The vegetation of the Udzungwa Mountains is exceptionally variable, ranging from lowland forests, through sub-montane, montane and to upper montane forests. There are also extensive areas of montane grassland of various types, montane wetland areas, and heath lands. At lower altitudes the vegetation grades into various forms of woodlands.

Biodiversity

High endemism – 15 strict endemic vertebrate species, 27 Eastern Arc endemic vertebrate species and 36 Eastern Arc endemic trees.

In terms of endemic species the Udzungwa Mountains support 15 strict endemic vertebrate species (with an additional two species being described), a further 27 Eastern Arc endemic vertebrate species and 36 Eastern Arc endemic trees. Some of the forests are relevantly well known, but a number of other forest areas are still largely unexplored biologically. This includes the large forest block on the Luhomero massif and many of the smaller forest reserves. The National Park is also not completely surveyed.

Threats

Extensive wild fire is a major driver of forest degradation.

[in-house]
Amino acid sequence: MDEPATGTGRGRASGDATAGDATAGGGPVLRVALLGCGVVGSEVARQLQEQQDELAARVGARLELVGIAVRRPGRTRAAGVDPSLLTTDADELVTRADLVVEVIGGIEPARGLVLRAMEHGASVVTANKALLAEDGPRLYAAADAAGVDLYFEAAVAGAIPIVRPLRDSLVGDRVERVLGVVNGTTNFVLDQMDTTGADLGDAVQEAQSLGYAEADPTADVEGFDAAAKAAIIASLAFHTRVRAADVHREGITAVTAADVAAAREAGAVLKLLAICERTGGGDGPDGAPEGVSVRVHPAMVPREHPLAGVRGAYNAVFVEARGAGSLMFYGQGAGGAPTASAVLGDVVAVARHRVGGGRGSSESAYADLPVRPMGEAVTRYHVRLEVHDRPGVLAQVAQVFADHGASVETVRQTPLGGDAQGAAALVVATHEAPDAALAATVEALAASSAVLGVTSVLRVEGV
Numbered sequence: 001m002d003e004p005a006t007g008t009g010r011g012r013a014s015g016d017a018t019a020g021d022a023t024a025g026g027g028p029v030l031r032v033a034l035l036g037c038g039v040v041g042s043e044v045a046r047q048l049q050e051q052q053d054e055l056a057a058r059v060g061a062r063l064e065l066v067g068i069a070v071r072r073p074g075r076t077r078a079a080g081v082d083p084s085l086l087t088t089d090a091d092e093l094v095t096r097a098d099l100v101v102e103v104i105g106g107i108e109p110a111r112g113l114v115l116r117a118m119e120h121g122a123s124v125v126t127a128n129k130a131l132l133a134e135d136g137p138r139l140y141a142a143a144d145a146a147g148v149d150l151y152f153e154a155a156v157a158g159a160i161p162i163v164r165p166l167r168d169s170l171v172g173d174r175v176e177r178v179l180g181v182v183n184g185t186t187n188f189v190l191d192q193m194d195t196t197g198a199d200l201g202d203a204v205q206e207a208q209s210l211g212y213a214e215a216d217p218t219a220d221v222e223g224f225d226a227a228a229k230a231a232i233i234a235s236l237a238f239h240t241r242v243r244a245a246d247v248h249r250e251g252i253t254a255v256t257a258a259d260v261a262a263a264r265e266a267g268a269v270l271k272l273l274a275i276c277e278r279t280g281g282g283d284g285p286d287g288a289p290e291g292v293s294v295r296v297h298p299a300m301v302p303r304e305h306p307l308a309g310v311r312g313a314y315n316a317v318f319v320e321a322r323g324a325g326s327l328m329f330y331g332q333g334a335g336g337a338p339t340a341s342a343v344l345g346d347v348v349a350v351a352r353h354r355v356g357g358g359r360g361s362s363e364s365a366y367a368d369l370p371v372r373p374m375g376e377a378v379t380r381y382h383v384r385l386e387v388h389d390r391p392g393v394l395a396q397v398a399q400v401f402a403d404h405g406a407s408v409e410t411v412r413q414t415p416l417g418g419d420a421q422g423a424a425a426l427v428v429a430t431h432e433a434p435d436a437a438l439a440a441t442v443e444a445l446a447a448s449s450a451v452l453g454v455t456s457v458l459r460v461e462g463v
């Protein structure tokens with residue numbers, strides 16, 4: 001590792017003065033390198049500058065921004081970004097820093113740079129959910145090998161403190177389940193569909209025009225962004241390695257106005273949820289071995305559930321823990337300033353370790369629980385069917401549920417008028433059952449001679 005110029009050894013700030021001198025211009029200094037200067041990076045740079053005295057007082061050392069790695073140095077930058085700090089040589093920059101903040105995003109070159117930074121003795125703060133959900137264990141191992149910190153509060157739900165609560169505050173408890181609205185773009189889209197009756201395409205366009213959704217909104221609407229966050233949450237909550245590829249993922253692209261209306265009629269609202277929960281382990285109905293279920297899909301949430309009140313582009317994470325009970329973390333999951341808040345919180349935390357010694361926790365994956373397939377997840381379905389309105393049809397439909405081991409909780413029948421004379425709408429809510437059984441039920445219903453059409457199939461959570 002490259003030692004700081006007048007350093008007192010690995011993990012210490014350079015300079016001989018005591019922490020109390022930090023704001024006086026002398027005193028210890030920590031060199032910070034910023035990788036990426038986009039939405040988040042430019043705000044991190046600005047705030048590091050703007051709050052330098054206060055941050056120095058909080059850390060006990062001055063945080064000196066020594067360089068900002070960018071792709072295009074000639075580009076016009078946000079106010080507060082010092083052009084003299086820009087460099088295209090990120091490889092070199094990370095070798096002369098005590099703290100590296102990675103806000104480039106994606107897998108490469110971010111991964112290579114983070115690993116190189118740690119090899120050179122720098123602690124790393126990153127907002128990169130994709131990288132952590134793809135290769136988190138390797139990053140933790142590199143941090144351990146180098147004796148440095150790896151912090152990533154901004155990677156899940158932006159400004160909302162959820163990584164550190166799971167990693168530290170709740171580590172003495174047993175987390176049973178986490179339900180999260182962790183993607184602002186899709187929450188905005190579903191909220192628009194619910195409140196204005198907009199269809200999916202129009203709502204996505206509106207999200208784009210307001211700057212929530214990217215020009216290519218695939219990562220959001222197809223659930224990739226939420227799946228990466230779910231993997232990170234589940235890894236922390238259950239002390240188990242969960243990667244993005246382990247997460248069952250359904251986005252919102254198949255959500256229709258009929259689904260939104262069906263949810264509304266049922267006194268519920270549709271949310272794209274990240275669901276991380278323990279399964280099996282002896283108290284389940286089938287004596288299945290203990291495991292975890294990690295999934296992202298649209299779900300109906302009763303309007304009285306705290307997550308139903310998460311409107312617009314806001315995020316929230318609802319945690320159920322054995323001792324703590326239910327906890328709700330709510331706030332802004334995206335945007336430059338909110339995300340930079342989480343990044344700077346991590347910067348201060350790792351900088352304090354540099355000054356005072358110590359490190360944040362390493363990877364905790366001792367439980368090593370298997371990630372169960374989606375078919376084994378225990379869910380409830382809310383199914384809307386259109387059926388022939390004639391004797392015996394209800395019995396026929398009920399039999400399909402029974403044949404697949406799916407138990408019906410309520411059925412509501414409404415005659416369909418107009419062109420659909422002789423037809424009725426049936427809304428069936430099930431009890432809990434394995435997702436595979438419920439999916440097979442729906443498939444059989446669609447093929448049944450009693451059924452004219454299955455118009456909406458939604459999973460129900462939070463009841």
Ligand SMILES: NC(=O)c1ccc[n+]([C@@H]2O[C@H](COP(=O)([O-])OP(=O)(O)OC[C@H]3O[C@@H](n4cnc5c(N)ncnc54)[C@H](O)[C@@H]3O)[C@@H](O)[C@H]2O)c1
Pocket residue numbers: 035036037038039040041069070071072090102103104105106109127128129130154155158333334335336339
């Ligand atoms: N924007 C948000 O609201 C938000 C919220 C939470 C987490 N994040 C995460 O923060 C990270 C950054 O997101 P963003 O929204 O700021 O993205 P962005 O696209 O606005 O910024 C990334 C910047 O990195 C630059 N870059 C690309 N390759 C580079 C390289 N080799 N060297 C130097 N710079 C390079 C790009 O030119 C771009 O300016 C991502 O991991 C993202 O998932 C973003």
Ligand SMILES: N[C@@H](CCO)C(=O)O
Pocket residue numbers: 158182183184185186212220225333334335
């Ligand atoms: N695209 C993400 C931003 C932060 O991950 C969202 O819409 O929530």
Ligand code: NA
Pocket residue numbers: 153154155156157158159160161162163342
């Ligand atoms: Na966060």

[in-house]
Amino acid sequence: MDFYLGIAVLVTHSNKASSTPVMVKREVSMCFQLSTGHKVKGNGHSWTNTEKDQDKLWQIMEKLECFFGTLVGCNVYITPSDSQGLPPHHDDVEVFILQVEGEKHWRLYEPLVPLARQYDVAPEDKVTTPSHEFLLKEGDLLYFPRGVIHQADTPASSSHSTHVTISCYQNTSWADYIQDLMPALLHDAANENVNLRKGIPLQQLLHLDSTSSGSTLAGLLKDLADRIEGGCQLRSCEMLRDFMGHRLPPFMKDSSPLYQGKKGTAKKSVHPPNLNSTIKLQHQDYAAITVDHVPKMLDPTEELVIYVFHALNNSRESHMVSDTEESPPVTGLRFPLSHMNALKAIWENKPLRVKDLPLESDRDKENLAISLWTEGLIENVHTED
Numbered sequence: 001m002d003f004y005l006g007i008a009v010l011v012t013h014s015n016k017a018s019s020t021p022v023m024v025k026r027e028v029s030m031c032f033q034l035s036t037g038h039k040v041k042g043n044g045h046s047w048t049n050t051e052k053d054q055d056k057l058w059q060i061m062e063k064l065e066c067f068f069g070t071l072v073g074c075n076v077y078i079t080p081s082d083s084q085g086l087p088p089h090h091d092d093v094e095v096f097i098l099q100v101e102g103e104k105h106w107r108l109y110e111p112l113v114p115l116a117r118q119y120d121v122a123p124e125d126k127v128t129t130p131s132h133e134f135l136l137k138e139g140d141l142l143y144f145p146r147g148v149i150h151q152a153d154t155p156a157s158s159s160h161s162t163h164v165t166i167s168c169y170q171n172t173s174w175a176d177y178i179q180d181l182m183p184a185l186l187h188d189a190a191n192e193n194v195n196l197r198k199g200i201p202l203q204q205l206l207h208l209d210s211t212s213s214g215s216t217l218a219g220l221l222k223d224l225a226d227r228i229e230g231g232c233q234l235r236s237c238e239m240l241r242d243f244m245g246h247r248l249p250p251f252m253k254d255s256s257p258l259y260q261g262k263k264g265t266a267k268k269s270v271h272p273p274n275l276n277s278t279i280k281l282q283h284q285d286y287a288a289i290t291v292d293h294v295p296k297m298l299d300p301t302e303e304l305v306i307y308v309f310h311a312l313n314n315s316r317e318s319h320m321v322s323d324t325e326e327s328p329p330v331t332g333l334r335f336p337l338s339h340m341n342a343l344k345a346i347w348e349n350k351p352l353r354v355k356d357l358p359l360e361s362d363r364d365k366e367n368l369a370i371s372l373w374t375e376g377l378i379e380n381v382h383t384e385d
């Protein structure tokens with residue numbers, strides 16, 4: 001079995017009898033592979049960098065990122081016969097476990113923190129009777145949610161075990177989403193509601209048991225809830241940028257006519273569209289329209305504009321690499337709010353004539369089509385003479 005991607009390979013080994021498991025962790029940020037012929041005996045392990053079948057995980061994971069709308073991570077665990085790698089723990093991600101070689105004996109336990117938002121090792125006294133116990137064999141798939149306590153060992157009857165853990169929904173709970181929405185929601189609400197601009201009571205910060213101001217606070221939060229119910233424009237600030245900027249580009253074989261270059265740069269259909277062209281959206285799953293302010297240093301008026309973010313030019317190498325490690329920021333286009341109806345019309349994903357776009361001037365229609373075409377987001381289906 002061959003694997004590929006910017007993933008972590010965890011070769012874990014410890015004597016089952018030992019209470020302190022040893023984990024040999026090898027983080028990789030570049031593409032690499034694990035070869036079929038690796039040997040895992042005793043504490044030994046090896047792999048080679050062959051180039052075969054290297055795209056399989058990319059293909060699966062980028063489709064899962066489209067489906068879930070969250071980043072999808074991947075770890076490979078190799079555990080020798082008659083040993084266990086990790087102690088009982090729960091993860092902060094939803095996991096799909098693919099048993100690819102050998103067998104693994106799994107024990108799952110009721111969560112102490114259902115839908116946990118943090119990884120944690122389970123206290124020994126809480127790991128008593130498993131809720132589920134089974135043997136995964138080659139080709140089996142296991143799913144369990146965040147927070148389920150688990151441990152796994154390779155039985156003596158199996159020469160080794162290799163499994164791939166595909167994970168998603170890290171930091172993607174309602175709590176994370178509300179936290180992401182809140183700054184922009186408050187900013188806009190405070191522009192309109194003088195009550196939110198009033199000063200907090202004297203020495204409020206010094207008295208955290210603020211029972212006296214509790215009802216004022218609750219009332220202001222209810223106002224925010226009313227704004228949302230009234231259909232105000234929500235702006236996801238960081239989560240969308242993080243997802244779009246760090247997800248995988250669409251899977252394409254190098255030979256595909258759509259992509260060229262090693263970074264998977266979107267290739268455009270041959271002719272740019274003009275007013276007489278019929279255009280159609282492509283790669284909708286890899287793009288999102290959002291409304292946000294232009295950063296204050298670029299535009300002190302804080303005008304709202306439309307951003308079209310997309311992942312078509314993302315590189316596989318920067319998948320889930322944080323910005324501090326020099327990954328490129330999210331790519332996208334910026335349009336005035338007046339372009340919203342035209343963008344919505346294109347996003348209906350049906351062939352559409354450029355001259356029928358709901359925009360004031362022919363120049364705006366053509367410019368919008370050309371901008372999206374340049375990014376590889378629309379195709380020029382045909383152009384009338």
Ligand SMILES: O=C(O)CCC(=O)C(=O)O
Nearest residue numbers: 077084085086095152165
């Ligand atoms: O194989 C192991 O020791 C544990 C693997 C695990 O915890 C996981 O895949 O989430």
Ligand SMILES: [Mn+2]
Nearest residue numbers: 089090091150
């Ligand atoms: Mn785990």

In terms of threats the Udzungwa Mountains face a number of challenges, foremost being extensive wild fires in the grassland areas that sometimes enter and destroy areas of forest. Other threats include farmland encroachment into some forests, logging where protection efforts are weak, and the collection of animals for the pet trade. A catastrophic threat to one species, Nectophrynoides asperginis, was the building of the Kihansi hydro-electrical scheme which greatly reduced the flow across a waterfall, impacting a spray zone that was the only habitat for this species. Its chances of survival in the wild are precarious and small captive populations are also seriously threatened. It may soon become extinct. (image: Pitsawing using a wooden frame is the usual way for large trees to be processed by hand into planks and carried out of remote areas)